‘We weep but never fear’

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‘We weep but never fear’

The Mediterranean town of Antalya in southern Turkey is called the resort of the gods. Here, the Group of 20 leaders met on Sunday and Monday to discuss inclusive and solid growth. But on the evening of Friday, Nov. 13, the attacks in Paris turned the Antalya summit into an emergency anti-terrorism meeting. The leaders condemned the Islamic State (ISIS) for the outrageous acts of terrorism and agreed to strengthen international cooperation to end violent radicalism.

However, no plan was decided. While they all agreed on the grand cause to crack down on ISIS, countries have different positions on specific plans.

ISIS, a Sunni extremist militant organization, was formed amid the Iraq war that began with U.S. strikes in 2003 and the ongoing Syrian civil war that has continued for five years. Using the power vacuum of war and civil war, ISIS rapidly expanded its influence. Led by a caliph who strictly executes the Islamic law of Shariah, ISIS claims to be a true Islamic nation and commits all evil deeds in the name of religion. ISIS has grown beyond a local militant group in Syria and Iraq, and has emerged as the headquarters and base camp for global terrorism.

Leading the war against ISIS, the United States focuses on airstrikes. Because of the lessons from the failures in the Iraq war, U.S. President Barack Obama is still reluctant to send ground troops.

Russia is aiding Syrian government forces under dictator Bashar al-Assad in Syria. Rather than driving out ISIS, Russia prioritizes wiping out the Syrian rebels. Turkey, a neighbor of Syria, is nervous that Kurdish rebels will gain power while fighting against ISIS. Iran, a major Shia state, wants to take advantage of the situation to expand Shia influence. Despite the outrageous terrorist attacks in Paris, the international community is struggling to pursue a united front.

ISIS is a monster born out of religious fanaticism. They are more fanatical than Al Qaeda, which committed the Sept. 11 terror attacks. Al Qaeda has a guideline of excluding Muslims, women and children as much as possible. But ISIS does not have the decency. To those intoxicated by the blind belief, suicide attacks are nothing but sacred sacrifices. ISIS also cleverly uses social media and digital devices to lure vulnerable and immature young people in the West and the Islamic world. Among the estimated 70,000 to 80,000 militants, 20,000 to 30,000 are foreign jihadists. It dominates a vast region, three times larger than the Korean Peninsula, commanding over some 10 million people.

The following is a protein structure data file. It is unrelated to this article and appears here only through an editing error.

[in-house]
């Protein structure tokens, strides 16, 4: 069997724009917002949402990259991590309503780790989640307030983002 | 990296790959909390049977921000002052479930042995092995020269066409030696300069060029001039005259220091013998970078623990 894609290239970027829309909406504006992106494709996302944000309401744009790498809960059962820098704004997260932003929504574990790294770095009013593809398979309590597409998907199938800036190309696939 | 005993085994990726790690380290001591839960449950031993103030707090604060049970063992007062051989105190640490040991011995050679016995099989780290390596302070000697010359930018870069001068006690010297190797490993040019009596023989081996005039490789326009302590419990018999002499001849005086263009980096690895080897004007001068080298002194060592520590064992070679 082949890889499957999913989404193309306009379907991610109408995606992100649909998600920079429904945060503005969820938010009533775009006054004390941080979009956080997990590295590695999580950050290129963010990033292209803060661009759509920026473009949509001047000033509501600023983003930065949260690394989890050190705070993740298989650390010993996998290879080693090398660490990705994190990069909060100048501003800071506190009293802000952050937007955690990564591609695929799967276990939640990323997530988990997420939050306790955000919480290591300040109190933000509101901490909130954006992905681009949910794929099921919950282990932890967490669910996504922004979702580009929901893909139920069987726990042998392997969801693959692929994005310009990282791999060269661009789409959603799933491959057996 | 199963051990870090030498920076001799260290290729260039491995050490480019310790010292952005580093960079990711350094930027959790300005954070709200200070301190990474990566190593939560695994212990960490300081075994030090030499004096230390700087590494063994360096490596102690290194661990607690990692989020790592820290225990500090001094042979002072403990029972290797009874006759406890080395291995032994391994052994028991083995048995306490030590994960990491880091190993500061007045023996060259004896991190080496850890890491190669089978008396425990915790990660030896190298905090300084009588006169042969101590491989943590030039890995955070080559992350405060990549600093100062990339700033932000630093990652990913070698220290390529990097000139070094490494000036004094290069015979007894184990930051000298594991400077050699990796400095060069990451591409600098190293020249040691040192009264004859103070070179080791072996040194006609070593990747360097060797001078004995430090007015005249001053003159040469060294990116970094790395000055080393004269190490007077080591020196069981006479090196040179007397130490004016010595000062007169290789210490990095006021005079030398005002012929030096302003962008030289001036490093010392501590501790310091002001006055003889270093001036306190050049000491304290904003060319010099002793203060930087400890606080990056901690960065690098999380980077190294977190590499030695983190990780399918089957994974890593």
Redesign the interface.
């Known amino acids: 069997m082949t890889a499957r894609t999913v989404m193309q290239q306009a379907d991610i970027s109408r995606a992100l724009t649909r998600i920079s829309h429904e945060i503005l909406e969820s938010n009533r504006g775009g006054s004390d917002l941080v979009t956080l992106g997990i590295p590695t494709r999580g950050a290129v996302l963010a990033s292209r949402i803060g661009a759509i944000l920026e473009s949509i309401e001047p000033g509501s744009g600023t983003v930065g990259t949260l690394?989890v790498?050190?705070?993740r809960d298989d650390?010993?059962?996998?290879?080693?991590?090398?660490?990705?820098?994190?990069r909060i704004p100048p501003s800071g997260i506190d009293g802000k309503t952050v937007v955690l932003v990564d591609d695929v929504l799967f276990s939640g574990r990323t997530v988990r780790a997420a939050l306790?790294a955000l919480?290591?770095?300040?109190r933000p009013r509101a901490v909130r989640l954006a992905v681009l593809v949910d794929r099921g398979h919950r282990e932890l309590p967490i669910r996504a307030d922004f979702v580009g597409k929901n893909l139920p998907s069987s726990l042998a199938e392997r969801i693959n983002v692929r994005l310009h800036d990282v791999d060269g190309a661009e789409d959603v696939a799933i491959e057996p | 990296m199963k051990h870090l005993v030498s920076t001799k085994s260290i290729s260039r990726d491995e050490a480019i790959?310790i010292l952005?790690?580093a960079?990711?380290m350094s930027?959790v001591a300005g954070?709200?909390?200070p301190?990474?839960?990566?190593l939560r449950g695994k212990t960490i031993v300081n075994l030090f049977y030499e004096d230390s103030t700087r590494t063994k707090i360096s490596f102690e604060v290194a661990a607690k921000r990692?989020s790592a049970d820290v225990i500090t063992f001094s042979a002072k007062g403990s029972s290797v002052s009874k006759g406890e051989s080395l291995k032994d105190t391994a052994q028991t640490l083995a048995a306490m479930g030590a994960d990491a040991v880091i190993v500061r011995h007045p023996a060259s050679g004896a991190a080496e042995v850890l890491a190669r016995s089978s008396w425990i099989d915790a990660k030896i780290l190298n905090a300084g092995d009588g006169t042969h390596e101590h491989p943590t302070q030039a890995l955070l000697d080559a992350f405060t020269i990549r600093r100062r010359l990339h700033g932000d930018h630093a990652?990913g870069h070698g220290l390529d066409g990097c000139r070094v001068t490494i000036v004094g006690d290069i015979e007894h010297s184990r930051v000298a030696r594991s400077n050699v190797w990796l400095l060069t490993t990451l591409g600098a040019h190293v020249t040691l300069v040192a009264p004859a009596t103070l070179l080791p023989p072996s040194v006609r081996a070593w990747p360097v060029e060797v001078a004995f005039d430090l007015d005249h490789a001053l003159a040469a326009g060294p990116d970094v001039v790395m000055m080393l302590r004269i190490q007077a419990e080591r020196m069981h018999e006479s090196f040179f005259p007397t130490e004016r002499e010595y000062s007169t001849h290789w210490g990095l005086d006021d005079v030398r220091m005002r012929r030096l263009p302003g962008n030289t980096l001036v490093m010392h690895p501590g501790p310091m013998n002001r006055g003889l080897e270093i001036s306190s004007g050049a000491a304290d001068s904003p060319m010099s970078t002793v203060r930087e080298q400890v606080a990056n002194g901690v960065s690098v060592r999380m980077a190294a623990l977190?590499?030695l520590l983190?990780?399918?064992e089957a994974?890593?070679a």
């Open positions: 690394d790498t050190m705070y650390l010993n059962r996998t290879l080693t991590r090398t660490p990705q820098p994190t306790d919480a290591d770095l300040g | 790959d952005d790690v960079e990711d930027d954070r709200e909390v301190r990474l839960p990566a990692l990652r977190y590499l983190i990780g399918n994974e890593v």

Fanaticism springs up from the misconception that only their own religion and belief is 100 percent correct. The fanatics have no understanding that their views could be respected only when they respect other opinions. They believe that those with different religious beliefs should be ostracized or eradicated unconditionally. While the freedom of religion and conviction should be respected, fanaticism is another name for barbarism, and it should be rooted out, not tolerated.

It is the shame of civilized society that major countries around the world cannot resolve this fanatical group because of different interests. Mourning for the victims of terrorism with tricolor lighting does not make a country civilized. The Syrian civil war should be ended with political solutions, and all capacities should be concentrated to eradicate ISIS. If the chance is missed, the next targets could be Washington, London, Berlin and Moscow. Seoul, Beijing and Tokyo are no exceptions.

Parisians said, “We weep but never fear.” They are right. Fearing terrorism is submitting to terrorists. The French people should wipe their tears and return to life as normal. They should go to concerts and stadiums, drink coffee and wine at cafes and restaurants, and love their families and friends. They should enjoy joie de vivre. It is the way to defeat terrorism. They should not allow terrorism to affect the way of life in France.

Listening to hate speech against foreigners, especially Muslims, ostracizing the refugees and limiting their own liberty would be submitting to terrorism. It is what ISIS really wants. As a prolonged economic slump continues, the French values of tolerance and solidarity have somewhat paled. If the terror attacks in Paris can make France more French, the deaths of 132 innocent citizens might not be in vain.

JoongAng Ilbo, Nov. 17, Page 35

*The author is an editorial writer of the JoongAng Ilbo.

by Bae Myung-bok

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